What is a Co-occurring Disorder?
Co-Occurring disorder (COD) means any combination of mental health and substance use in any individual, whether or not they have been already diagnosed. Co-occurring disordered family is characterized by a family where one member has one kind of problem, like a child with an emotional disturbance, and another member has another kind of problem, like a family member or caregiver with a substance use issue.
What is Co-occurring Disorder Capability?
Co-occurring Disorder Capability means the ability of any program to organize every aspect of its program infrastructure (policies, procedures, practices, documentation, and staff competencies), within its existing resources, to be able to provide appropriately matched, integrated services to the individuals and families with co-occurring disorders that are routinely presenting for care in that program.
What is the AC-OK Screen for Co-Occurring disorders (Mental Health, Trauma Related Mental Health Issues & Substance Abuse?)
The AC-OK Screen for Co-Occurring Disorders (Mental Health, Trauma Related Mental Health Issues & Substance Abuse) was designed to determine if a person who asks for help from either a mental health agency or a substance abuse treatment agency needs to be assessed for the possible co-occurring disorders of Mental Health, Trauma Related Mental Health Issues and Substance Abuse.
What is the Florida System of Care?
Florida System of Care means the department’s initiative to integrate substance abuse and mental health service structures to promote co-occurring capable services throughout the system of care from the initial point of client contact at assessment through conclusion of services.
What can be done to help persons with COD?
Like primary health settings, other settings can also serve as gatekeepers for the Substance Abuse / Mental Health (SA/MH) system. These settings provide an opportunity to recognize persons who may have COD and to engage them in a process that leads to referral for further assessment and integrated treatment. This recognition, engagement, and referral approach requires strong partnerships with community SA/MH providers. These approaches typically require the oversight of a multidisciplinary community planning group, training for frontline staff, the development of specific referral guidelines, and easy access to welcoming clinical settings.
What is the website of the most current list of medications used for COD?
How many people in the United States suffer from COD?
More than ten million people in the United States suffer from a substance use disorder along with one or more mental health disorders.
What are common problems of Co-occurring Disorder?
Common problems relating to co-occurring disorders include:
- Use of alcohol or other drugs to reduce the difficulty or pain associated with health problems, which may work in the short term but usually backfires in the long run.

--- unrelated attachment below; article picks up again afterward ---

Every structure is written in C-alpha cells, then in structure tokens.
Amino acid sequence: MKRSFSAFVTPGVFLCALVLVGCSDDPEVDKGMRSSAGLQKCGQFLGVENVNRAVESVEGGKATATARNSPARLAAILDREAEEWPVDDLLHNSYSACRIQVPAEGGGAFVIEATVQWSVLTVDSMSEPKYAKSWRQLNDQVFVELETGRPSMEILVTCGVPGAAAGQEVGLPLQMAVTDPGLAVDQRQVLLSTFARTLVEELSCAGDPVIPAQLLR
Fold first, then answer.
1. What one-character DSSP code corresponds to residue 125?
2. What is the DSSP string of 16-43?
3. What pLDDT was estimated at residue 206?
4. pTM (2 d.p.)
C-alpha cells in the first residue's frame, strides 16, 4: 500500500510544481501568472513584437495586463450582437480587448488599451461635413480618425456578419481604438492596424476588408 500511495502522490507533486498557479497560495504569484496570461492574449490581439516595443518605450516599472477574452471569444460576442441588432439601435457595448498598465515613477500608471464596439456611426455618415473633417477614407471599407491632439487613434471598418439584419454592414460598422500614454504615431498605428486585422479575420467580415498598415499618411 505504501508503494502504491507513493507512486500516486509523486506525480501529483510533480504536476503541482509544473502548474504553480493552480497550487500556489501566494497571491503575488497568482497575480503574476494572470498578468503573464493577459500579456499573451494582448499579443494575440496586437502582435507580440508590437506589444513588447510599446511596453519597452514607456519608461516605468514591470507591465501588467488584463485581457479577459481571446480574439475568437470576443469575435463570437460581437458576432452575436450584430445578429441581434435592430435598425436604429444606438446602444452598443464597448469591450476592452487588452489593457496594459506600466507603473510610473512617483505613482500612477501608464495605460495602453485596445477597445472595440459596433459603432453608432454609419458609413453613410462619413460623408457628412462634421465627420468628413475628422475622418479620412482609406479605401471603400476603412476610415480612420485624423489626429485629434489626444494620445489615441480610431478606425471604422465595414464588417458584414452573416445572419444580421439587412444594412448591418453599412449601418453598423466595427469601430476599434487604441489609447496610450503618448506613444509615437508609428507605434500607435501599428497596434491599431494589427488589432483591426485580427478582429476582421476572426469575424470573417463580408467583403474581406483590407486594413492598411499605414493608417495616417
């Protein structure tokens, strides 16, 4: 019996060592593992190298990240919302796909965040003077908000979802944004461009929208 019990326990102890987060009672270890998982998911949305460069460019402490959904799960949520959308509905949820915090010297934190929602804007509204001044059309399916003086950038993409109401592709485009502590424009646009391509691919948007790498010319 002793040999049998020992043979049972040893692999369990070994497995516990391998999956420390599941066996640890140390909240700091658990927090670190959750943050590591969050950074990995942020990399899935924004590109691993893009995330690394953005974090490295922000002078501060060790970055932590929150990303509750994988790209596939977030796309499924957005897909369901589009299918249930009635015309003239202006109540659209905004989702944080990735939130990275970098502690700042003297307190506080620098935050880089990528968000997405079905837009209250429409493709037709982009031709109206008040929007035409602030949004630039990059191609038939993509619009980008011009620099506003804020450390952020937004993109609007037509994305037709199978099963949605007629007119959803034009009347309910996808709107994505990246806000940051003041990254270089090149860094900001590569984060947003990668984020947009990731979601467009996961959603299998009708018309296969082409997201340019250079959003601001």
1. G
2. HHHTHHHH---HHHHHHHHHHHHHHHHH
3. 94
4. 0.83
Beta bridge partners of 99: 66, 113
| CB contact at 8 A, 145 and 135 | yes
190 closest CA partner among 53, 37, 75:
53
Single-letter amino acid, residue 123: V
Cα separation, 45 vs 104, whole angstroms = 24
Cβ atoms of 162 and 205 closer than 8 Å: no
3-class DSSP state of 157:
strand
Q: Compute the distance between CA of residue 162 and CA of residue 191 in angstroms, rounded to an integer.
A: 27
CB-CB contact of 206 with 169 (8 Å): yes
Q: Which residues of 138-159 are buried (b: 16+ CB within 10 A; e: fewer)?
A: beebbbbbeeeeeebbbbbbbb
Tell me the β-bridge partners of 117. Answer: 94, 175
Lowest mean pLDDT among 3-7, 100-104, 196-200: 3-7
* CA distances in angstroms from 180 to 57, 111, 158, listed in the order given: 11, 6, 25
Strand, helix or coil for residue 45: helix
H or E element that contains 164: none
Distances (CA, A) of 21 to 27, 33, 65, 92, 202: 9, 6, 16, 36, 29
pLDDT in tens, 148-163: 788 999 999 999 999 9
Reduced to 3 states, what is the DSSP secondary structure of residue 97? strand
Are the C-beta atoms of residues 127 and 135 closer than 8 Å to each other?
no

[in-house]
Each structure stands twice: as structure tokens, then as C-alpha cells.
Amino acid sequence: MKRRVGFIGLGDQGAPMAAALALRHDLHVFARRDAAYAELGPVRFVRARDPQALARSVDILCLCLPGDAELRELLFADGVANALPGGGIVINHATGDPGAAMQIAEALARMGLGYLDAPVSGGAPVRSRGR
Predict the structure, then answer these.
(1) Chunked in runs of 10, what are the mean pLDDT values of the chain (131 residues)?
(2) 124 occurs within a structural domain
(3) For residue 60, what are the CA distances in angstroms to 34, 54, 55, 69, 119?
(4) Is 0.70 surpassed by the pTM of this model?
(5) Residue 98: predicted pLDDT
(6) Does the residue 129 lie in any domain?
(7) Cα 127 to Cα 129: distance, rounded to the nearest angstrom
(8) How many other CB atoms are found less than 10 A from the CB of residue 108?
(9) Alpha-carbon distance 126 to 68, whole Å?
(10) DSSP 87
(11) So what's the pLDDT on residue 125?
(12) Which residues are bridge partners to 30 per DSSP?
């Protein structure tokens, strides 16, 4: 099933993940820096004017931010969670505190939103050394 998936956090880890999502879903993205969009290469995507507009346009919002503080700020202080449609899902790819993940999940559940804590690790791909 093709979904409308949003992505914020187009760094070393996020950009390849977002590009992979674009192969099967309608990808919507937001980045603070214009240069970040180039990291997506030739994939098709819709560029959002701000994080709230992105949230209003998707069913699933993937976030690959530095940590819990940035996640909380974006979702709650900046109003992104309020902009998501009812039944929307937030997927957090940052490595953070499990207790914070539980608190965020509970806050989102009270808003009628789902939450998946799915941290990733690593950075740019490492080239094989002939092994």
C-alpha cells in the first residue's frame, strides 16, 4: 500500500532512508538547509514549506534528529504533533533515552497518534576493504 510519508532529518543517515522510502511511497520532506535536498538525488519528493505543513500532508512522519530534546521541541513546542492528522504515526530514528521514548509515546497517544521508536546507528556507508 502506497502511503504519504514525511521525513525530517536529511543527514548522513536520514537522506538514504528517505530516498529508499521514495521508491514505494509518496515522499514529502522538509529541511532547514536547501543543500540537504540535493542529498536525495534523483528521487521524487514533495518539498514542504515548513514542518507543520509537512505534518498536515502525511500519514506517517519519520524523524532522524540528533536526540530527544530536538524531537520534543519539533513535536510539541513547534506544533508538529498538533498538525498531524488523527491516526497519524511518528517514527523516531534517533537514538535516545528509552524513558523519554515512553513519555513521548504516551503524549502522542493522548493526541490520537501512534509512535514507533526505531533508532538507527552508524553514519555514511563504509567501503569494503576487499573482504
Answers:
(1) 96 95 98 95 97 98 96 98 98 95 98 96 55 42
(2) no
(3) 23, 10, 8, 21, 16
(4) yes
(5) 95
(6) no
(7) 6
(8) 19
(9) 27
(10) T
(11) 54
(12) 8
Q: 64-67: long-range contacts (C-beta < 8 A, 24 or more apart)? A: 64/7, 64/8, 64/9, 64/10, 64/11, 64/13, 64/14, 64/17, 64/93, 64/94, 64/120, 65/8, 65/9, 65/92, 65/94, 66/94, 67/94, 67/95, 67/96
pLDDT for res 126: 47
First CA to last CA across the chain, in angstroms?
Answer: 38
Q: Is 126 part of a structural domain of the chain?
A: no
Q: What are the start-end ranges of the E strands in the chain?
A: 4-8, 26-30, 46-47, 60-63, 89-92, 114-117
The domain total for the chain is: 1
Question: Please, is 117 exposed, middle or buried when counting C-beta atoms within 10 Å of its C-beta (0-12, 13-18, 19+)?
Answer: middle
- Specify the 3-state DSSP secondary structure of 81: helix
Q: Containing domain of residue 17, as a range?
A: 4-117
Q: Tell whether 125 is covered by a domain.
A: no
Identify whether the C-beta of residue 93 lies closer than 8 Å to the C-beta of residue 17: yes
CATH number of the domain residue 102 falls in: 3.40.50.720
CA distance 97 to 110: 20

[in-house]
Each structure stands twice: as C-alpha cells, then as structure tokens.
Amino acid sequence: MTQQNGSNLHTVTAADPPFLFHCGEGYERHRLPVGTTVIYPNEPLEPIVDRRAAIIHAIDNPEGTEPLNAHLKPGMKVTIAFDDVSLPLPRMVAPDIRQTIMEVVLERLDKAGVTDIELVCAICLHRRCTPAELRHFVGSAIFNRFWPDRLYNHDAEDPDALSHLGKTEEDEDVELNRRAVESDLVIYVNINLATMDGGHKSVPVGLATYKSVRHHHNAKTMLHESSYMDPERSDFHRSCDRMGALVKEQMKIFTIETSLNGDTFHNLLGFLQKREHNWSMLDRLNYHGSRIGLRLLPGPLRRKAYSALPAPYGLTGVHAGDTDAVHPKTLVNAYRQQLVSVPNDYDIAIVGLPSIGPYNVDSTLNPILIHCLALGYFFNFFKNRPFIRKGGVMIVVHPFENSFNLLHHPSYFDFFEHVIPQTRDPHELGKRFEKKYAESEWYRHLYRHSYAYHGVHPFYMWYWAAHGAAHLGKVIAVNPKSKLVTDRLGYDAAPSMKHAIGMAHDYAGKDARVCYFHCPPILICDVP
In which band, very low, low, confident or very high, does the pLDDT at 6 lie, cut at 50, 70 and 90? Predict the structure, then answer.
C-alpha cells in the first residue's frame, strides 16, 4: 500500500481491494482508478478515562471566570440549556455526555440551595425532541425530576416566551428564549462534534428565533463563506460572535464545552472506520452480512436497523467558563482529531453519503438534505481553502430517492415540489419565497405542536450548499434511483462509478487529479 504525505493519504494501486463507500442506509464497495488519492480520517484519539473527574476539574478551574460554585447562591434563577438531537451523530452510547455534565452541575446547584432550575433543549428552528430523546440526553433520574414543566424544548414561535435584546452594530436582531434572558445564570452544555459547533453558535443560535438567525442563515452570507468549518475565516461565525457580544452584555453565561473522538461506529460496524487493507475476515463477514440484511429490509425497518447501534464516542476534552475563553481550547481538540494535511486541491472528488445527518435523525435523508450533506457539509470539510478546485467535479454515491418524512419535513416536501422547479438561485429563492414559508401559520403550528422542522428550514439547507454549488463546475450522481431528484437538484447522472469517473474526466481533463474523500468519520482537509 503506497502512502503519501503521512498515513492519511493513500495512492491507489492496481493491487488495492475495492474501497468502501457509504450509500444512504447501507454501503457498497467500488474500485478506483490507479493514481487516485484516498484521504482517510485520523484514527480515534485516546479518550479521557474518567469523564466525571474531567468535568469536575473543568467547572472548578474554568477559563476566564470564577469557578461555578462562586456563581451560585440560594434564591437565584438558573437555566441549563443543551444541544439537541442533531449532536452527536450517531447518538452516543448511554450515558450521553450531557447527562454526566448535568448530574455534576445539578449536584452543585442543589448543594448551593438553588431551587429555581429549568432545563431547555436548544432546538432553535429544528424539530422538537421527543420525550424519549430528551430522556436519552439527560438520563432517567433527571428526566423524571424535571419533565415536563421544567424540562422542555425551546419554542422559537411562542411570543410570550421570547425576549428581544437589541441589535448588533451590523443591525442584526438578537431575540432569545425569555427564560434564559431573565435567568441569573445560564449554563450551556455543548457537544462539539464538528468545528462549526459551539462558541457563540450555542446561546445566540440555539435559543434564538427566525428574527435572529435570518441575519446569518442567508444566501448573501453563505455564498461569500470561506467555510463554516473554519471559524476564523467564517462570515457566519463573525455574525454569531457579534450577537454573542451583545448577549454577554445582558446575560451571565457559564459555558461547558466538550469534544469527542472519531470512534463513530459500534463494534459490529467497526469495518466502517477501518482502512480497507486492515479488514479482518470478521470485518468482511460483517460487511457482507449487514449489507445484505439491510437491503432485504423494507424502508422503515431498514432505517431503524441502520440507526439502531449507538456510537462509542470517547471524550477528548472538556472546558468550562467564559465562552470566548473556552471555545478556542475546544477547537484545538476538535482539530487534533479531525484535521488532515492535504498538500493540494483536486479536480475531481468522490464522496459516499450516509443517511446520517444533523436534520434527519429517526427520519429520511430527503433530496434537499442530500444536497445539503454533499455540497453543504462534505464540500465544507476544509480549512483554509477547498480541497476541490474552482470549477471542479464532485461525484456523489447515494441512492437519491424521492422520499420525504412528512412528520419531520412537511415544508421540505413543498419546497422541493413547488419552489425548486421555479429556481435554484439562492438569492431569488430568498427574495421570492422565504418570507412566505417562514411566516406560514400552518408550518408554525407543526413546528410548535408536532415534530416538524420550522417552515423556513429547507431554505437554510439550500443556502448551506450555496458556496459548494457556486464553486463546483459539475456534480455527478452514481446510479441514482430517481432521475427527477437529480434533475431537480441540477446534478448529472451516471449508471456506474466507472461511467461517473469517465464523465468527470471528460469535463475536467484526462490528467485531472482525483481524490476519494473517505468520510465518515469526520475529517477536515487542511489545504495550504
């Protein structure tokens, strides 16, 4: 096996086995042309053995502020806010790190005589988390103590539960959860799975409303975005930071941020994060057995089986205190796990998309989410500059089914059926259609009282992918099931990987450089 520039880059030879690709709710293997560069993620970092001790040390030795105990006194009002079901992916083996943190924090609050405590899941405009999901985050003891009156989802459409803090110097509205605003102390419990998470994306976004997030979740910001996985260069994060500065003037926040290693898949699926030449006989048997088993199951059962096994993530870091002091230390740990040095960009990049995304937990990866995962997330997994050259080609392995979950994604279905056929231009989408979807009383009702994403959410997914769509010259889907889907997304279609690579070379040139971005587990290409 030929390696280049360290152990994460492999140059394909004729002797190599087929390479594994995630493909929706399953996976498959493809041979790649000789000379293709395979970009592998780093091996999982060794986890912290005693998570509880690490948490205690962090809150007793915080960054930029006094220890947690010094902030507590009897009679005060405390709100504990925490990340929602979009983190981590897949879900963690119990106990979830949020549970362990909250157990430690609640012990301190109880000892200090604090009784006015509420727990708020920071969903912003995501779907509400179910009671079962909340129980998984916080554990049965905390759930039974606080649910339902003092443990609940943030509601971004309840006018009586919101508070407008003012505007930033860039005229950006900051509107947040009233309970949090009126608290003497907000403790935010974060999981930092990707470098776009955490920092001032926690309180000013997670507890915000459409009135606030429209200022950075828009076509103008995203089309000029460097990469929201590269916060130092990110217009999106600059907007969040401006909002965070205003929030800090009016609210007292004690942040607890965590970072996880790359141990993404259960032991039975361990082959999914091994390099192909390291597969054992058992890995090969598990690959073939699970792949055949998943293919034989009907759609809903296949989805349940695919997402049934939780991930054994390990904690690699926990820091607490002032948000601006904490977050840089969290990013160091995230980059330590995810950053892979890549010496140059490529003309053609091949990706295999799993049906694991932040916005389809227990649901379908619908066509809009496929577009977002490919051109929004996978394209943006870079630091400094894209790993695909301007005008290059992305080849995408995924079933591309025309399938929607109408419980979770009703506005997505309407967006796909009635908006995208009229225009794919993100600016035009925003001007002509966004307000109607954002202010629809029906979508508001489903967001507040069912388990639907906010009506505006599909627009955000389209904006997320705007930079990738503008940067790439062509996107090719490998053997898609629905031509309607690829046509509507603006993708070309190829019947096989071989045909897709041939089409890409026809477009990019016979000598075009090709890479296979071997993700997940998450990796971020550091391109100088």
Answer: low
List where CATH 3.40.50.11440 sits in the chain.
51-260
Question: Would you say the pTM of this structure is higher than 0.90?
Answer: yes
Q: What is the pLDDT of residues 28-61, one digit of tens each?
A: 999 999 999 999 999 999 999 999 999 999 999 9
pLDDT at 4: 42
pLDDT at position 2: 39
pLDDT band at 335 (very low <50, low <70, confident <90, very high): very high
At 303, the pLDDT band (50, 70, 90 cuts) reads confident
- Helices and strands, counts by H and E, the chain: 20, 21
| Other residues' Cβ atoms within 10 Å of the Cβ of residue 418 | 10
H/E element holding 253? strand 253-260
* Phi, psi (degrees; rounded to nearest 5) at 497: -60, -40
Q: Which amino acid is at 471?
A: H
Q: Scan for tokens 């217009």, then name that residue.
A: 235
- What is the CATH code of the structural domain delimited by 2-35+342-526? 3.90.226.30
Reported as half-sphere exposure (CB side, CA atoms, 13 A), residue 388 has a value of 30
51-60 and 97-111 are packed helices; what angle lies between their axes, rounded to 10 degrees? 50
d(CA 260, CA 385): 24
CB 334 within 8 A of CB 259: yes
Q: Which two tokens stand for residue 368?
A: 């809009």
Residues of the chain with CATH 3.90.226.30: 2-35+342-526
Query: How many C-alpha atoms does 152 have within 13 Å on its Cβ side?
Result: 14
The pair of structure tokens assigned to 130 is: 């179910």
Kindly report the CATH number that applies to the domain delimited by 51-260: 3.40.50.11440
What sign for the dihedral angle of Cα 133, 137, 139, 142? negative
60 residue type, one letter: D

- A mental health disorder that is worsening because of alcohol or drug use.
- A substance use disorder that is worsening because of mental health problems.
- Difficulty getting treatment for both disorders, or difficulty benefiting from treatment.
- Difficulty finding supportive people who understand both disorders.
What are causes of co-occurring disorders?
There appears to be common genetic risk factors for substance use and certain mental health disorders, but genes along cannot explain all cases of co-occurring disorders. Others include:
- Traumatic life events
- Early loss of significant others
What are the most common co-occurring disorders?
Some of the most common mental health disorders found in chemically dependent people are:
- Major depression
- Bipolar disorder
- Post-traumatic stress disorder
- Panic disorder
- Social Anxiety
- Generalized anxiety disorder
- Obsessive-compulsive disorder
- Schizoaffective disorder
What are the most effective treatments for COD?
Integrated treatment can stabilize the symptoms of co-occurring disorders and provide a foundation for lasting recovery from substance use and psychiatric disorders. A variety of options are available for treating co-occurring disorders. These include support, engaging in therapy, and taking appropriate prescription medication.
What is integrated treatment?
In integrated treatment, providers work together to develop a single treatment plan to address both disorders. Integrated treatment is a collaborative approach to providing treatment for co-occurring disorders. One clinician or treatment team provides both mental health and substance abuse treatment services, with each applied at appropriate times and situations according to the client’s needs. The ideal provider team consists of individuals from varied clinical backgrounds who have been cross-trained to work together. Co-occurring disorders are inherently complex, and clients require multiple services across several systems. For this reason, integrated treatment programs are specially designed to take into account the full range of each client’s symptoms and needs. Treatment must also take into account the client’s age, culture, level of severity, and stage of recovery. Treatment plans are customized to individual clients, utilizing the strategies from mental health and substance abuse treatment fields that are most appropriate for each client’s unique situation.